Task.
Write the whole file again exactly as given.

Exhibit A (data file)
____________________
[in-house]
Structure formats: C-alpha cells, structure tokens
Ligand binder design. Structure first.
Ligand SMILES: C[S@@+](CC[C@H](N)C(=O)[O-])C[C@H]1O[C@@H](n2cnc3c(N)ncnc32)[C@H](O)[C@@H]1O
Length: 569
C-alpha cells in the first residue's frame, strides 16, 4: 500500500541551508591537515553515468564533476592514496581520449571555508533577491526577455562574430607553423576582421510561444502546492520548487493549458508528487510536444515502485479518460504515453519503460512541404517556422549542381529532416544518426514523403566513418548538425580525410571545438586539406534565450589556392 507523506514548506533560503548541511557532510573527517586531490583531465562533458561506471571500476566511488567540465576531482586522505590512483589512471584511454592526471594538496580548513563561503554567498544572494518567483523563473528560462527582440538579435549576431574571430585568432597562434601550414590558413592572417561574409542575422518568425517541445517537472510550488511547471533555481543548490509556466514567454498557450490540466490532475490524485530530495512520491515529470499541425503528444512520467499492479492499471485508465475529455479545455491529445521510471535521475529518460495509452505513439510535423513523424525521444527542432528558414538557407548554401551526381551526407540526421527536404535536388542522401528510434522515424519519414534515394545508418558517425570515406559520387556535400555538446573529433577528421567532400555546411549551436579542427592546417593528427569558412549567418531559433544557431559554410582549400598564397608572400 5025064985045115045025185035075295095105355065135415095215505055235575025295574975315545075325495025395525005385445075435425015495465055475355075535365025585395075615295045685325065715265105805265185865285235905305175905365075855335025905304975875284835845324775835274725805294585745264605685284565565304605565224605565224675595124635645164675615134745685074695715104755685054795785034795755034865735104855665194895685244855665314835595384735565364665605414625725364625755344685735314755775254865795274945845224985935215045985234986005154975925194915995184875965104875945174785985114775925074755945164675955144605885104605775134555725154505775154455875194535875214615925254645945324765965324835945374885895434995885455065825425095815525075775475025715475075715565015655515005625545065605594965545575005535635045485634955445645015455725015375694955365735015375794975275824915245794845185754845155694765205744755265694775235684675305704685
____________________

[in-house]
Structure formats: C-alpha cells, structure tokens
Ligand binder design. Structure first.
Ligand SMILES: C[S@@+](CC[C@H](N)C(=O)[O-])C[C@H]1O[C@@H](n2cnc3c(N)ncnc32)[C@H](O)[C@@H]1O
Length: 569
C-alpha cells in the first residue's frame, strides 16, 4: 500500500541551508591537515553515468564533476592514496581520449571555508533577491526577455562574430607553423576582421510561444502546492520548487493549458508528487510536444515502485479518460504515453519503460512541404517556422549542381529532416544518426514523403566513418548538425580525410571545438586539406534565450589556392 507523506514548506533560503548541511557532510573527517586531490583531465562533458561506471571500476566511488567540465576531482586522505590512483589512471584511454592526471594538496580548513563561503554567498544572494518567483523563473528560462527582440538579435549576431574571430585568432597562434601550414590558413592572417561574409542575422518568425517541445517537472510550488511547471533555481543548490509556466514567454498557450490540466490532475490524485530530495512520491515529470499541425503528444512520467499492479492499471485508465475529455479545455491529445521510471535521475529518460495509452505513439510535423513523424525521444527542432528558414538557407548554401551526381551526407540526421527536404535536388542522401528510434522515424519519414534515394545508418558517425570515406559520387556535400555538446573529433577528421567532400555546411549551436579542427592546417593528427569558412549567418531559433544557431559554410582549400598564397608572400 5025064985045115045025185035075295095105355065135415095215505055235575025295574975315545075325495025395525005385445075435425015495465055475355075535365025585395075615295045685325065715265105805265185865285235905305175905365075855335025905304975875284835845324775835274725805294585745264605685284565565304605565224605565224675595124635645164675615134745685074695715104755685054795785034795755034865735104855665194895685244855665314835595384735565364665605414625725364625755344685735314755775254865795274945845224985935215045985234986005154975925194915995184875965104875945174785985114775925074755945164675955144605885104605775134555725154505775154455875194535875214615925254645945324765965324835945374885895434995885455065825425095815525075775475025715475075715565015655515005625545065605594965545575005535635045485634955445645015455725015375694955365735015375794975275824915245794845185754845155694765205744755265694775235684675305704685